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Ireland’s homeless have a right to be angry at our response to Ukraine

The following is the full text of a short email Gript received last week, from a reader. I’m publishing it here, but removing the sender’s name to protect her privacy:

I’m 37 years old, 14 year old son. I’m homeless, have been for 3 weeks now, staying on the couch of a relative. I’ve paid tax in this country for 22 years,same job since I was 17, even worked after my daughter died in 2014. My local td told me to leave my son with a relative and go in to emergency accommodation which is not an option,the council told me to come back in 2027.

I am one of many, we are tired, we are defeated hearing the news that thousands of foreign nationals will be housed and looked after before us. Obviously some people need help but this is so unfair.

In times of major international crisis, emails like this, and complaints like this, tend to get dismissed, for some reason, as selfish. After all, we’re all caught up in the violence and misery being inflicted on the people of Ukraine. Nobody in Ireland, for all the problems in this country, is in any imminent danger of seeing their home, or their town, demolished by artillery fire, or having their town besieged and cut off from the power supply, or the water supply, like the citizens of Mariopol.

But is this woman’s complaint, and her frustration, not valid? Ireland has – magnificently – mobilised in the last few days to accept a number of refugees which, according to our most excitable politicians, may ultimately reach 100,000 people. All of those people will need roofs, and schools, and clothes, and assistance into jobs, and language teaching, and financial support to live here. It is understandable, and right, that we would try to offer it.

It is not, however, unfair to ask why we cannot do the same for our own people.

It is true to say that there are some homeless people in Ireland for whom help is difficult to offer. These are the cases cryptically referred to as “complex” by our hundreds of housing charities, and they tend to involve people with psychological problems, addictions, and all the rest. Perhaps those cases – the complex ones – form a disproportionate part of our sense of who Irish homeless people are. Perhaps it is because of this that there’s a kind of unspoken national attitude that “these people can’t be helped”.

But the lady above does not fall into that category. She’s just one of the thousands of Irish people who face an impossible mathematical equation: How to make a low income stretch to pay for the welfare of a child, food, clothing, heat, and also rent. She is not a victim of her own choices, but a victim of the ever-increasing cost of living, left sleeping on the couch of a relative.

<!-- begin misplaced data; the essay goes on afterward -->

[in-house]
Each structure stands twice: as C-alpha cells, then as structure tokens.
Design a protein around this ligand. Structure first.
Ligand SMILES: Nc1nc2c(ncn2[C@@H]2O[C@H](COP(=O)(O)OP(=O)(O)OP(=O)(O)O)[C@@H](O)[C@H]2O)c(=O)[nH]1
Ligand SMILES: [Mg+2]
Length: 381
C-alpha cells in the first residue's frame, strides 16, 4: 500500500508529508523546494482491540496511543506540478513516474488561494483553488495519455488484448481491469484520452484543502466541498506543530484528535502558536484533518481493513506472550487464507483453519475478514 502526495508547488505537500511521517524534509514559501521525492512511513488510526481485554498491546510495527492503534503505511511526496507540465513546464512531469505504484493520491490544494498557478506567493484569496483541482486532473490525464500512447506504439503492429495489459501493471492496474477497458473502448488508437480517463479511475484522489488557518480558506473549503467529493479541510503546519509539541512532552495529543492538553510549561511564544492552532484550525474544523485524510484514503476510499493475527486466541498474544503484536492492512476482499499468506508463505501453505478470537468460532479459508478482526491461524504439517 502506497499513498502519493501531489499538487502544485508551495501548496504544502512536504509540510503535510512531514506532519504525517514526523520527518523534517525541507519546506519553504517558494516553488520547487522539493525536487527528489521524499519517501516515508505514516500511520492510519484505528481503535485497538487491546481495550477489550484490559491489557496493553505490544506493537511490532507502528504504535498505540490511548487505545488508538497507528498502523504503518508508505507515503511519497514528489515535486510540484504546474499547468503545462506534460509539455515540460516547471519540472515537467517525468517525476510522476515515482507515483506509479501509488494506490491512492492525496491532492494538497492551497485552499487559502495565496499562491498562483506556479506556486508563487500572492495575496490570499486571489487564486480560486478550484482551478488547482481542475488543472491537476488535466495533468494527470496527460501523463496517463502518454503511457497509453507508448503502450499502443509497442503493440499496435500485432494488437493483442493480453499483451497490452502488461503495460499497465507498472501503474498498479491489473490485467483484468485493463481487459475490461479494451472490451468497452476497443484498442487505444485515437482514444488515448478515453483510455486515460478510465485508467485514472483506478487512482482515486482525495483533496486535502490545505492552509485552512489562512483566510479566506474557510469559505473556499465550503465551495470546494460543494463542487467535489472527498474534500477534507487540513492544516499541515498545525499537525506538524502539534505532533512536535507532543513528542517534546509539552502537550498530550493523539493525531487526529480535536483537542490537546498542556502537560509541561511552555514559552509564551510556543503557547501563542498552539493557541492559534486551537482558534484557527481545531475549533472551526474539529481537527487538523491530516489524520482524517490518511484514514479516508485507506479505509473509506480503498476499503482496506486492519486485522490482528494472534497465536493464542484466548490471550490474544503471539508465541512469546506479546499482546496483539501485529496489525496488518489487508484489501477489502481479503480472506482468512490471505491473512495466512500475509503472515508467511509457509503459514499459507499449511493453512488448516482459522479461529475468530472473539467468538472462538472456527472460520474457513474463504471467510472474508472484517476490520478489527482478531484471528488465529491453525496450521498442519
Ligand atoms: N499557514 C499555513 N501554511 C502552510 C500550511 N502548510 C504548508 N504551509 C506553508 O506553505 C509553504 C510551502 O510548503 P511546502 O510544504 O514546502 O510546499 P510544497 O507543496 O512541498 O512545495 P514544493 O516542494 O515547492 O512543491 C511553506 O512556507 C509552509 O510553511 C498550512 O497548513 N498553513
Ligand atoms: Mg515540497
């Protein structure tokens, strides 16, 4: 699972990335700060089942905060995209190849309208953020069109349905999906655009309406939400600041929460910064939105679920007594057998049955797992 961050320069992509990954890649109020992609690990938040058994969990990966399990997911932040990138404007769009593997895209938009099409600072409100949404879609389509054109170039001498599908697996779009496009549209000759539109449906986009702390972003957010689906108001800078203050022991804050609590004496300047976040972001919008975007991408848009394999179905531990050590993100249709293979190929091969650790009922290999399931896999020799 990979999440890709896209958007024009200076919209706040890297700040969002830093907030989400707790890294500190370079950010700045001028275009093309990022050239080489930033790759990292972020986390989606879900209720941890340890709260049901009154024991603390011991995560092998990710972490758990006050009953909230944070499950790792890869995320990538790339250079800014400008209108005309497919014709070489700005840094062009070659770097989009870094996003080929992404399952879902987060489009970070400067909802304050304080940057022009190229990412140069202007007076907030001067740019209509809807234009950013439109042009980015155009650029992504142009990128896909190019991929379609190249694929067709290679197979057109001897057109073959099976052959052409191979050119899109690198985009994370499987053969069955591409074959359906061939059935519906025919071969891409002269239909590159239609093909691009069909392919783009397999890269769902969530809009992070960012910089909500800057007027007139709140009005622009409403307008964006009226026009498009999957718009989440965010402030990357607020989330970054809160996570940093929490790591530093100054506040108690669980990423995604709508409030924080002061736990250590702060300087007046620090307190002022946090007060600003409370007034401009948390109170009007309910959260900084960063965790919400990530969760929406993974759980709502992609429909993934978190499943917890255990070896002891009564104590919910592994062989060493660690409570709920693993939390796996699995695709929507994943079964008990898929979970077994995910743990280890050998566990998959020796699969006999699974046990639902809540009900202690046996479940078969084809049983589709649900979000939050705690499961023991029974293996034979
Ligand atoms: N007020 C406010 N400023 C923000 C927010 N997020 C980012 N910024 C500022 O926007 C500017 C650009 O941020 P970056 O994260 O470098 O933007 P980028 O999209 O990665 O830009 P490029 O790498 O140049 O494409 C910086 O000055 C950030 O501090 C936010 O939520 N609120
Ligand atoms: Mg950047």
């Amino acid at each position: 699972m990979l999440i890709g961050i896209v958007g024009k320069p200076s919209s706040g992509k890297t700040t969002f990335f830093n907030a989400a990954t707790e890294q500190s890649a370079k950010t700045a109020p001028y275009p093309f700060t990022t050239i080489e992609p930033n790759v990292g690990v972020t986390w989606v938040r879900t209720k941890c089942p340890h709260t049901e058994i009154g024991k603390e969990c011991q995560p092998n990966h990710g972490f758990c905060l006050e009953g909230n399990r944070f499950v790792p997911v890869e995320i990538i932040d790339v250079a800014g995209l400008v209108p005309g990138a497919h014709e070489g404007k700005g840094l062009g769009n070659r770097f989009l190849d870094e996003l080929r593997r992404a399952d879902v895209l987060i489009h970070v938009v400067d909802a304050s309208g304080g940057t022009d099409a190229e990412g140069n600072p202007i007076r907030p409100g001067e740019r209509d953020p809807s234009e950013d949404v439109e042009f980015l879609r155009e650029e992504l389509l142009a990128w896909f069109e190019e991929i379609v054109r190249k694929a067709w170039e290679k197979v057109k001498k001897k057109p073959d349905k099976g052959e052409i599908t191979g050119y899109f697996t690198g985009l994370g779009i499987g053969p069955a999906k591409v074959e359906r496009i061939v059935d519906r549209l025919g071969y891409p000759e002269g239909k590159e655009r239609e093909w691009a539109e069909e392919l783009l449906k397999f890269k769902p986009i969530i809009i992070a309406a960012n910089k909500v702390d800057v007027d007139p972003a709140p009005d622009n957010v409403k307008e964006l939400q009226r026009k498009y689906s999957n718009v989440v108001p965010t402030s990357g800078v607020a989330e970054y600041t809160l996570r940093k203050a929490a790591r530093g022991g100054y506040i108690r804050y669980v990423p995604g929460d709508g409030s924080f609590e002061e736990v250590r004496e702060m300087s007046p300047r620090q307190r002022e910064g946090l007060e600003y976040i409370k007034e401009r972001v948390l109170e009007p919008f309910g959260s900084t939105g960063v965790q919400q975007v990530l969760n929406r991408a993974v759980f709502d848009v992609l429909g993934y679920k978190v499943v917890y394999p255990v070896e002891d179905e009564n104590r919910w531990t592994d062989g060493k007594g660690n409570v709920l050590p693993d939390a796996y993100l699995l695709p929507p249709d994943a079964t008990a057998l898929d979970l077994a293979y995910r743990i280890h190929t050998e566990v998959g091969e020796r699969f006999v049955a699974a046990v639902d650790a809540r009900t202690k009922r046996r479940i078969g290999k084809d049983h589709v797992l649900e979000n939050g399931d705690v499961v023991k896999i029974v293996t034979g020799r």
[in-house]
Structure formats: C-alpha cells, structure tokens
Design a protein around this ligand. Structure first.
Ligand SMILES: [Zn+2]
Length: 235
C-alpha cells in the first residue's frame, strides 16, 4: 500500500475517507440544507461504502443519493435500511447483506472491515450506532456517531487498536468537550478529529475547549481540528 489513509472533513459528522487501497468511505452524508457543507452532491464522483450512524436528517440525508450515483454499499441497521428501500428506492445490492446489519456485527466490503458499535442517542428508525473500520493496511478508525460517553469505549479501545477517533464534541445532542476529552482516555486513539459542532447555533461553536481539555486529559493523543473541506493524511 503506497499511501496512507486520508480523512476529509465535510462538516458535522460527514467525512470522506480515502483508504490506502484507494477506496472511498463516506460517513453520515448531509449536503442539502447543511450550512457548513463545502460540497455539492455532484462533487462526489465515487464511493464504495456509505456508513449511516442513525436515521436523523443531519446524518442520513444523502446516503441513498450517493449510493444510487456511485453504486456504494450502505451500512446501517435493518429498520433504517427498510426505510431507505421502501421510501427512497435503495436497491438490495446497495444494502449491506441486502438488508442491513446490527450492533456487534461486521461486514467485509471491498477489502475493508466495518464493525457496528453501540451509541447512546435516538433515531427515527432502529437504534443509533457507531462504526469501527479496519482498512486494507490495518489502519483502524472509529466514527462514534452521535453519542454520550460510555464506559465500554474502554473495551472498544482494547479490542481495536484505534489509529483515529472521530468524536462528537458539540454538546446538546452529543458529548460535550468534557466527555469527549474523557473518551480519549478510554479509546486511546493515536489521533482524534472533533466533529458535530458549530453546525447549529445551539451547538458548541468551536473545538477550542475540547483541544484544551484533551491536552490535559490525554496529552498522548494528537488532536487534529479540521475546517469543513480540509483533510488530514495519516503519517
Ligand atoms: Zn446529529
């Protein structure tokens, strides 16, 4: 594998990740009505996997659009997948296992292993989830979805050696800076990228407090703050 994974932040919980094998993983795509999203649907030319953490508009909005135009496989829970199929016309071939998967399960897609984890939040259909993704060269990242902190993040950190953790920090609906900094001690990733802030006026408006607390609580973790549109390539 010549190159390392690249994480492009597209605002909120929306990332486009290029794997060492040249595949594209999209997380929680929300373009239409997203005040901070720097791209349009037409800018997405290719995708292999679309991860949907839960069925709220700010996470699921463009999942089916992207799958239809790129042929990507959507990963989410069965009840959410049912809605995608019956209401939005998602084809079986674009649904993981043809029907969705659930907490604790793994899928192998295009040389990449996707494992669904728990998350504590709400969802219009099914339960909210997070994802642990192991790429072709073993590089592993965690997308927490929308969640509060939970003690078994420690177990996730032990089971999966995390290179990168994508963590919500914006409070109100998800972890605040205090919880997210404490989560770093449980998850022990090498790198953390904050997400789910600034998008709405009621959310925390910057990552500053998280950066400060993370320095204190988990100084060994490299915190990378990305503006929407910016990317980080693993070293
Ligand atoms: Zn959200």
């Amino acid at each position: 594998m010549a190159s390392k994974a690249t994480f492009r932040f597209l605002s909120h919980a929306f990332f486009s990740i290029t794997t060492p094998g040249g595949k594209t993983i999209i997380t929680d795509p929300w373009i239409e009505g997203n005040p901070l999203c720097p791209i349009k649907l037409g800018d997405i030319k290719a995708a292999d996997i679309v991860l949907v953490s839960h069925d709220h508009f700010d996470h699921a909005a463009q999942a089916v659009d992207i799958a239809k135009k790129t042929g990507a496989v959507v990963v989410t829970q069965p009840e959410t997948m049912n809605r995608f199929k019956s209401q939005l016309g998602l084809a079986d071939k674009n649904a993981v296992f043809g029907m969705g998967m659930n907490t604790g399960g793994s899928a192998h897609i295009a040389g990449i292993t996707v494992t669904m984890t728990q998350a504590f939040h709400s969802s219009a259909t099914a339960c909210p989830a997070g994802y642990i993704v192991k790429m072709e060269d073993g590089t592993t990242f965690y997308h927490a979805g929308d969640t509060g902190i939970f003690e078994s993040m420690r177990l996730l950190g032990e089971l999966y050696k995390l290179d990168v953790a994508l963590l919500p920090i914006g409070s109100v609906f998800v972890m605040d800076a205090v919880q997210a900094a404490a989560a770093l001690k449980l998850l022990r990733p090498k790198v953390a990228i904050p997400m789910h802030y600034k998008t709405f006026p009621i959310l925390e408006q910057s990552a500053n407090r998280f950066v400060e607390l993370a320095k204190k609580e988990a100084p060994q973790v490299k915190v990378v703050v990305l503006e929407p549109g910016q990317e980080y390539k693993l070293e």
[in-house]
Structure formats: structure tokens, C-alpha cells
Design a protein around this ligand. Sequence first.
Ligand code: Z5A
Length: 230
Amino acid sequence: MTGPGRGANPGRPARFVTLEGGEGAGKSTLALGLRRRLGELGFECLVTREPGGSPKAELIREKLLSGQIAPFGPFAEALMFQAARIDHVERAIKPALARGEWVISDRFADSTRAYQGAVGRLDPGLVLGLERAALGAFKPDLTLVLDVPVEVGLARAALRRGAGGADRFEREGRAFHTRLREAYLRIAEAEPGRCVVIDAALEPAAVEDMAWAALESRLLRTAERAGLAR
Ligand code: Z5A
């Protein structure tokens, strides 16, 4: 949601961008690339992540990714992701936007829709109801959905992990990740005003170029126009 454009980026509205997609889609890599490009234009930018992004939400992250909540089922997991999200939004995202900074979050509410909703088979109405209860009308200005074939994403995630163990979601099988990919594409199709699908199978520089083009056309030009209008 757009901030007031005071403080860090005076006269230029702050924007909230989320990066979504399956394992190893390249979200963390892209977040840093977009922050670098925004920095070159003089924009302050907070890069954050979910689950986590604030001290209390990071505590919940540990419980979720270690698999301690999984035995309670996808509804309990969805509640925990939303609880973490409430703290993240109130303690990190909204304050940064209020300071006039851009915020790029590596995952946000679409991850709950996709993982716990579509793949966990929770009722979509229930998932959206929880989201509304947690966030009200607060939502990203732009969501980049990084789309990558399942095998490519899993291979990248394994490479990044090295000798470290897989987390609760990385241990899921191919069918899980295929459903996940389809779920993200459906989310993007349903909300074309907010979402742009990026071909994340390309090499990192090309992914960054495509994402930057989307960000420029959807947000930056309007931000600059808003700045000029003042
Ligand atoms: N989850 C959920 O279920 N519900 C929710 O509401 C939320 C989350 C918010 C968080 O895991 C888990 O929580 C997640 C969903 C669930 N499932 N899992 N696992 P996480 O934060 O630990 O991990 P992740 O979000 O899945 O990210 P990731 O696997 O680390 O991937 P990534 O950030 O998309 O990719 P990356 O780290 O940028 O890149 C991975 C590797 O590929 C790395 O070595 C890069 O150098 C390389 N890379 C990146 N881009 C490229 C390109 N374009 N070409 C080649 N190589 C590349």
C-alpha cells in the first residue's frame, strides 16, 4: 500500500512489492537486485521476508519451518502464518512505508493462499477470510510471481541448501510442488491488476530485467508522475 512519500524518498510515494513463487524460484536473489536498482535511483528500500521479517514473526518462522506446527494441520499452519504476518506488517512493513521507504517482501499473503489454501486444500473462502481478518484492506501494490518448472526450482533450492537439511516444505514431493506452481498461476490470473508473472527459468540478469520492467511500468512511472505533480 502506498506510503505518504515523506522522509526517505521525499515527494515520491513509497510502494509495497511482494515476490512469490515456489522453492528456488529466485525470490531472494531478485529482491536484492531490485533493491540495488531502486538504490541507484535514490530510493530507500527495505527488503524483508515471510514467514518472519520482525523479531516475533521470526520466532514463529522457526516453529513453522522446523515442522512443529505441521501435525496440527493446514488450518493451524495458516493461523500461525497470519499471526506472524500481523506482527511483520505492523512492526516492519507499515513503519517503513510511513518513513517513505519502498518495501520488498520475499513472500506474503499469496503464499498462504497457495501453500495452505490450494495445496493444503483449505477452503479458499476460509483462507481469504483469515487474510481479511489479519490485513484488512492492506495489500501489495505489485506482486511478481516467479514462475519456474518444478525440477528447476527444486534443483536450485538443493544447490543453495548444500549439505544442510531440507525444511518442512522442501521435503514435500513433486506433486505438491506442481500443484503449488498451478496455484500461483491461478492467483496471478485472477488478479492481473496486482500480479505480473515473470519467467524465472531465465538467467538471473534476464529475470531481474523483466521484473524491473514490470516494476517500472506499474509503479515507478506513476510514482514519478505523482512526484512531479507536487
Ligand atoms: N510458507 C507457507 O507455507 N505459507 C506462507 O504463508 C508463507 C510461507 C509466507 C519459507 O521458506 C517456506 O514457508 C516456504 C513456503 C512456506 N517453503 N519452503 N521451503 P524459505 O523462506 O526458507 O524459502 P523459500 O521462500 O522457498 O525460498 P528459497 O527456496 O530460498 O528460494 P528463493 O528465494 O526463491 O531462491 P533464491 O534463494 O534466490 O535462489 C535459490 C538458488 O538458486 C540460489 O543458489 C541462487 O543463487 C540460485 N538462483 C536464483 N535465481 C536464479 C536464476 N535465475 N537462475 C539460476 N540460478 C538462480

The response to the Ukrainian crisis does tend to demonstrate that when it comes to helping people like the lady above, the problem is not one of resources, but political will. And of course, political will does not come from politicians: It comes from the electorate. In the case of Ukraine, it should be noted that politicians moving heaven and earth to bring refugees here have the full support of a clear majority of the public who feel that it is our solemn duty to provide humanitarian assistance. In the case of the homeless, let’s also be honest: Politicians simply do not have sustained pressure from the public to solve the problem.

Part of that, at least, comes from a wider cultural problem in Ireland about our attitudes to those who struggle. Acres of coverage, over the years, has been devoted to Ireland’s attitudes in decades past to single mothers and fallen women and children born out of wedlock. That coverage tends, in general, to depict a cruel and heartless country which was content to consign people to abuse and misery. That is, of course, inaccurate: It would be much truer to say that we were content for the church to deal with “charity cases” and to not think much more about them. There have always been – and perhaps always will be – two distinct categories of people in need of help in the public mind: The deserving, and the undeserving.

In this case, the Ukrainians are widely seen as the deserving poor. This terrible thing has been done to them, and they had no control over the outcome. Our own homeless, by contrast, are often cruelly regarded as the undeserving poor: People who have ended up in a bad place as a result of their own choices. Sure, we’ll pay lip service and demand that politicians “do something”, but there’s no feel-good moment to be had from a truly national effort to address their problems.

Isn’t it remarkable, really? We are, as a people, willing to make ourselves poorer to help Ukraine. There is (as there should be, lest I be misunderstood) a willingness to mobilise on a national scale. But to help those in need here at home, there is nothing like the same level of public engagement.

Perhaps it is just a human failing: After all, we see the same pattern in the UK. Outrage at Boris Johnson’s Government for a perceived laxity in processing Ukrainian refugee applications, but little comment at the surprisingly large number of Britons who live in relative poverty, and could be helped.

What it comes down to, in the end, is how helping makes us feel: Helping Ukrainians makes us feel good and righteous and as if we are making a big difference in the world, banding together in a global effort to defeat the Russians. Helping our own, by contrast, just feels like a bit of a chore. That’s what it comes down to, when we think about it, isn’t it? And that’s why, at a time like this, voices like that of the lady who emailed me last week get shouted down.

 

 

 

 

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